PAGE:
English 180Z

Science Fiction

Section Semester Instructor Time Location Session Course Areas
1 Summer 2022 Drawdy, Miles
TWTh 3-5:30 108 Wheeler D


E.M. Forster begins his classic science fiction novella, “The Machine Stops,” with a question disguised as an invitation: “Imagine, if you can…” But what exactly is the use of imagination? And what exactly are its limits? In this course, we will pursue these questions as we explore the history of science fiction—as both a literary genre and an intellectual experiment—from the 1950s to the present. We will begin by reading a selection of short stories from the middle decades of the twentieth century (e.g. Asimov, Bradbury, Vonnegut) before turning to a few representative novels from the 1970s to the present. We’ll conclude by considering the strange anomaly that is science fiction theater. Throughout our discussions, we will take up many of the questions and concepts that have come to characterize this genre: advanced technology and the values of labor, the category of the human, climate crises and the (post)apocalyptic, colonialism, simulation and the virtual, as well as the myriad intersections of race, class, language, and (dis)ability. Ultimately, we will ask how literature itself as a technology mediates these questions.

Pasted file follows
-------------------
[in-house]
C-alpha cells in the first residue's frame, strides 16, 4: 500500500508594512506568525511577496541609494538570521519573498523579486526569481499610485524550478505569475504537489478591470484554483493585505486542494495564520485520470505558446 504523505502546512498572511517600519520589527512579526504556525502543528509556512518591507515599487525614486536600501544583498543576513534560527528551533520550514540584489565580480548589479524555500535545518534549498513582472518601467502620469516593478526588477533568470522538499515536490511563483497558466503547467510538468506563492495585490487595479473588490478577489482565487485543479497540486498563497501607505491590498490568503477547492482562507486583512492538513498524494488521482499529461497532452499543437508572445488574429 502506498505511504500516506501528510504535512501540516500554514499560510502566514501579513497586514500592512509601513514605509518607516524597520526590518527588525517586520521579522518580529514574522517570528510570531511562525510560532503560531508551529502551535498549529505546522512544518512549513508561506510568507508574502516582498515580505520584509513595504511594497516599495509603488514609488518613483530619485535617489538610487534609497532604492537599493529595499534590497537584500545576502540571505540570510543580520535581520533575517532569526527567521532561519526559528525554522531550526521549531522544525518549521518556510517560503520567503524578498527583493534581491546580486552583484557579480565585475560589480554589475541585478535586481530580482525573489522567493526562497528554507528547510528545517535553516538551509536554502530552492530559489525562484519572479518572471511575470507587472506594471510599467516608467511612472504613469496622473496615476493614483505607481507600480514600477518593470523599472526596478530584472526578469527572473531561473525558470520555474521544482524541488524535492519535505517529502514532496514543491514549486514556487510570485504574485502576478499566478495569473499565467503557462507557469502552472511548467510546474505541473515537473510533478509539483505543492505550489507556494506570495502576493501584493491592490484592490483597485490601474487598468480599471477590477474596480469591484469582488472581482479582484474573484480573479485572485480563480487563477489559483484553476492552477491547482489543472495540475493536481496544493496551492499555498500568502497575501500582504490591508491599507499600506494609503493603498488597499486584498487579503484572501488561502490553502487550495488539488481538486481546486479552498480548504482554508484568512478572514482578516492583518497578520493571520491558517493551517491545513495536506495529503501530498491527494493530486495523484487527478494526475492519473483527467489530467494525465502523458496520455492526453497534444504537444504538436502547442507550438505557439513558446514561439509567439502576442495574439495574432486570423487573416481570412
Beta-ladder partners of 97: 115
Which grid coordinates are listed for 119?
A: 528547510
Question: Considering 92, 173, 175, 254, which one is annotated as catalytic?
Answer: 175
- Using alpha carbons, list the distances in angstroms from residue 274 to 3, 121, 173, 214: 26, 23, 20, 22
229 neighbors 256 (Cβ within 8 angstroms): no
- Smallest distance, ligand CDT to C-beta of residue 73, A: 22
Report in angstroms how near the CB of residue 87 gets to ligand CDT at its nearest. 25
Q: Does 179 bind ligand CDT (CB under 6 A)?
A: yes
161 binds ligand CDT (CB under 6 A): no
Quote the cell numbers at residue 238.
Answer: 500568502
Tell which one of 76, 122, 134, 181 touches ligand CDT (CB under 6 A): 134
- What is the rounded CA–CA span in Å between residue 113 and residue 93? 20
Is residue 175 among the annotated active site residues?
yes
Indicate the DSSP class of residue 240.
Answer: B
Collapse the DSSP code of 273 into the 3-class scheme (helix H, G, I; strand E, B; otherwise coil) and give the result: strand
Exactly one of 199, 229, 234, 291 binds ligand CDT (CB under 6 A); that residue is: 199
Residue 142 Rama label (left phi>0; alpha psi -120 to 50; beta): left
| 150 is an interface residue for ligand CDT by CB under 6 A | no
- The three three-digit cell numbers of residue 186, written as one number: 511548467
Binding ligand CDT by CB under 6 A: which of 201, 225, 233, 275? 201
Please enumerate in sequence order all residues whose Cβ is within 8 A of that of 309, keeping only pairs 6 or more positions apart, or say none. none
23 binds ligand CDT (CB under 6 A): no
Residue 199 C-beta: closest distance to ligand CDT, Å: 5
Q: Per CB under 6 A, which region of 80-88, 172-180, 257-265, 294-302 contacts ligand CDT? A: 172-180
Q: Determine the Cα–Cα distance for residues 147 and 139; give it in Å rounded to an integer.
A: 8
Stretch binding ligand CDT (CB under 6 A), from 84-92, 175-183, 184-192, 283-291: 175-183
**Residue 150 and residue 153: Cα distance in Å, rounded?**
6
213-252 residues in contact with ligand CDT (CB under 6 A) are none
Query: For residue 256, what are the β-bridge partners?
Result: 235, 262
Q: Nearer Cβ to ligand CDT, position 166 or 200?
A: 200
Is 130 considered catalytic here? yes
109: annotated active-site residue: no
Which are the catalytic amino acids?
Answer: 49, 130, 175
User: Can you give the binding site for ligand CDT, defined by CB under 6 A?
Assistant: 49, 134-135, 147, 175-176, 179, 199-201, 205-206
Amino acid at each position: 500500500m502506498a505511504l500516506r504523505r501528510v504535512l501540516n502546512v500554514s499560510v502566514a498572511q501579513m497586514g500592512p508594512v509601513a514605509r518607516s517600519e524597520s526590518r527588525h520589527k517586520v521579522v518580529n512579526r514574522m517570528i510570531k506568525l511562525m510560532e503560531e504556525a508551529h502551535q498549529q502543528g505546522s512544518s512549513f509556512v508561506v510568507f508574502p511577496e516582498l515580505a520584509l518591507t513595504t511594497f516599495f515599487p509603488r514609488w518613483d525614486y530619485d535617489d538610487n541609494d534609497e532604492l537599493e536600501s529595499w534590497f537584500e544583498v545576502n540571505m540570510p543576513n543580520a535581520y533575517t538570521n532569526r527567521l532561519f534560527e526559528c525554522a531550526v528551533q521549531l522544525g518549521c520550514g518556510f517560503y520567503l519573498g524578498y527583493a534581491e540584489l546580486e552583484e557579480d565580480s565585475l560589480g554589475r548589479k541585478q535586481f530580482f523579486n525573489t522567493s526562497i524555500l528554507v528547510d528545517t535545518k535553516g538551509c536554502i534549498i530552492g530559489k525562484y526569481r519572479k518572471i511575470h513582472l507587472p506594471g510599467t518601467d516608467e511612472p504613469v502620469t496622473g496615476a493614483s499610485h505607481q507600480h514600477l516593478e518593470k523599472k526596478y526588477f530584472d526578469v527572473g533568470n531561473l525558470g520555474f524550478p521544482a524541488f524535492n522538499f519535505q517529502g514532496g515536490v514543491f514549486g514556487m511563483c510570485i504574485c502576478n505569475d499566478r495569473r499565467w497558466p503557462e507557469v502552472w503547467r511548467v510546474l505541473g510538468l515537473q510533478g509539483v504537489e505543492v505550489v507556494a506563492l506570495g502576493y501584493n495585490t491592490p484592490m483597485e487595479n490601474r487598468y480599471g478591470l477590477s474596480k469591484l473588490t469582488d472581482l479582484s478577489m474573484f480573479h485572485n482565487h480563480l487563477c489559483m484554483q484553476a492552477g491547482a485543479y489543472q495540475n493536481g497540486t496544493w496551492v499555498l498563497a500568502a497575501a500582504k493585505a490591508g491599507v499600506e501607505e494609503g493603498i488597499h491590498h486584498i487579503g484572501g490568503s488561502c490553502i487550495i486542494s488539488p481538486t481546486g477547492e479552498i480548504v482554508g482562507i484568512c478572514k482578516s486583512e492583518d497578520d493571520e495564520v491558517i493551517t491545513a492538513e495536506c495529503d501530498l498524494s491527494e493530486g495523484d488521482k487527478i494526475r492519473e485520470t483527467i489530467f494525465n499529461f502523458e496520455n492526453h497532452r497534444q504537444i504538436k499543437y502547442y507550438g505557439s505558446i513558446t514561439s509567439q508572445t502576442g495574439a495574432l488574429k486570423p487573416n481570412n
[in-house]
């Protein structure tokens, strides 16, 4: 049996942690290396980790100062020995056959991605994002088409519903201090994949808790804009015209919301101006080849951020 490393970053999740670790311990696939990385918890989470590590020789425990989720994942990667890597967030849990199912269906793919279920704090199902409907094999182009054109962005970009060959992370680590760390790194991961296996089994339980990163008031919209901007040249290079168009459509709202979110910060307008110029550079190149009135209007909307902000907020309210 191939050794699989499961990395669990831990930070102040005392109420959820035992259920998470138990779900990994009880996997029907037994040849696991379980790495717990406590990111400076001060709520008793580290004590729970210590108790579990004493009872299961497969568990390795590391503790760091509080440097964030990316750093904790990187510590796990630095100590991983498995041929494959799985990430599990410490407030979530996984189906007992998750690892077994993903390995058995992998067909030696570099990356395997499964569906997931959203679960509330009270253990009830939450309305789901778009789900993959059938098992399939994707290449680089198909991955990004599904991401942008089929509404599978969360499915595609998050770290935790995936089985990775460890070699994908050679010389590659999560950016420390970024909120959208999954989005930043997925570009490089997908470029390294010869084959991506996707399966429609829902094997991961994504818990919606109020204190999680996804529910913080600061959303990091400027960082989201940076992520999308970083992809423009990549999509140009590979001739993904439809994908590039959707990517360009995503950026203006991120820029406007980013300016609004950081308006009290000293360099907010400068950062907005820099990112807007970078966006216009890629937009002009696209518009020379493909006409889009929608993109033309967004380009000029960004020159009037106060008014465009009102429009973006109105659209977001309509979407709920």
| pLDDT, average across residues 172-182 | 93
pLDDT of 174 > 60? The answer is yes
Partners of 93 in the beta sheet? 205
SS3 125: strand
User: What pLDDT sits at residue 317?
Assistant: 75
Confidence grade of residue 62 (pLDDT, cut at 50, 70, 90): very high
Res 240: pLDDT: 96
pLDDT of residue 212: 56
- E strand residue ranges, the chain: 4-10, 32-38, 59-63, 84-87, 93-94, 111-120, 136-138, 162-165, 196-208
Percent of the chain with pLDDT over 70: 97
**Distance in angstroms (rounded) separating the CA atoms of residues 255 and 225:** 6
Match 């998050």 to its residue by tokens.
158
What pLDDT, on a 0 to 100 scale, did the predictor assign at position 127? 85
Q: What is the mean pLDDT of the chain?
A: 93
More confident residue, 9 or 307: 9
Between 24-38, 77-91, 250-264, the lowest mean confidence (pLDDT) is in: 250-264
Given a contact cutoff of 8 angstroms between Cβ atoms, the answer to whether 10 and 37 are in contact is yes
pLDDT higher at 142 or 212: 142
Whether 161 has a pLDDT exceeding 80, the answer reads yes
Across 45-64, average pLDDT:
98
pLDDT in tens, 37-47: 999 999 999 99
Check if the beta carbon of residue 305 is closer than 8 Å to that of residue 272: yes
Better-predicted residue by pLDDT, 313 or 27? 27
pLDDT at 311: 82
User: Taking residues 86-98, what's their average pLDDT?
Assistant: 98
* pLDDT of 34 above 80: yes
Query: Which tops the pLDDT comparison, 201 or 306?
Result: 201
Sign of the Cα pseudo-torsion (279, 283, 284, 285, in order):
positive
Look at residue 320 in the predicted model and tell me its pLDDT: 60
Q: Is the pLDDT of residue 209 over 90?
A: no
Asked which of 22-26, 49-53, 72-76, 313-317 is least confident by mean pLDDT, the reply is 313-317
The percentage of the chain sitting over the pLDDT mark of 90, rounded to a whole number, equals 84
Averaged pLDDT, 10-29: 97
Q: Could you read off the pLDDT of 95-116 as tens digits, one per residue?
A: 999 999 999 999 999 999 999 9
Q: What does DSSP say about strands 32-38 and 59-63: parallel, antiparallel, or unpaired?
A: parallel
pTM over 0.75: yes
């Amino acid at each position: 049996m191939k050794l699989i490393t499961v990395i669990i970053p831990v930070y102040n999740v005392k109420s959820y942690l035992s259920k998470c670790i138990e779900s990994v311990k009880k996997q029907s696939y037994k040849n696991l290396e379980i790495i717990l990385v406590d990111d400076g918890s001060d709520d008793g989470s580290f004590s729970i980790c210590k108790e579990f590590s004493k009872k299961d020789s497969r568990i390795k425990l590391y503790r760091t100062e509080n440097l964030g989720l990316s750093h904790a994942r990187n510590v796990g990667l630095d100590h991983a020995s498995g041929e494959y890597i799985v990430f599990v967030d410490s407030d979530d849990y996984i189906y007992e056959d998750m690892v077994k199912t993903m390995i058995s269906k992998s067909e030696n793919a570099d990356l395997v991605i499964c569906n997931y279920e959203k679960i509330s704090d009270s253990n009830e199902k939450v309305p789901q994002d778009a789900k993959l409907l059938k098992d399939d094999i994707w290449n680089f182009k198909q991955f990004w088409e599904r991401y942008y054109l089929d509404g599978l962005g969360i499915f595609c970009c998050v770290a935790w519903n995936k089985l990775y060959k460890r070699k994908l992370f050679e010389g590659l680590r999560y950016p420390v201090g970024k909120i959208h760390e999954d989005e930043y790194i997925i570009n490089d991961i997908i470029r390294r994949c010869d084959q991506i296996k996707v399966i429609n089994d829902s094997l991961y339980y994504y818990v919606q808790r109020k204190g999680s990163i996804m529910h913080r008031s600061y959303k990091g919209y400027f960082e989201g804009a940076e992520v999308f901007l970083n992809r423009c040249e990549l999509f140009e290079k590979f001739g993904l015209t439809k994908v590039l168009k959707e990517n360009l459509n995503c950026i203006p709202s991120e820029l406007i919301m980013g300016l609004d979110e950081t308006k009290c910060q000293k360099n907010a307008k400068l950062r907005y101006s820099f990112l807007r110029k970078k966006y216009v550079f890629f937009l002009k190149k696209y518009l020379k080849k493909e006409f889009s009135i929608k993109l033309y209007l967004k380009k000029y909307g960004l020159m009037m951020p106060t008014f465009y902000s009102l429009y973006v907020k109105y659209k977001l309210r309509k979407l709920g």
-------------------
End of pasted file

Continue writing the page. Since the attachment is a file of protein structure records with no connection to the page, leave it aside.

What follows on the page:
While the great bulk of our time and attention will be dedicated to our selected literary texts, students should expect brief forays (side quests, as it were) into the worlds of Janelle Monae, Black Mirror, and the 2016 Met Gala, to name a few. 

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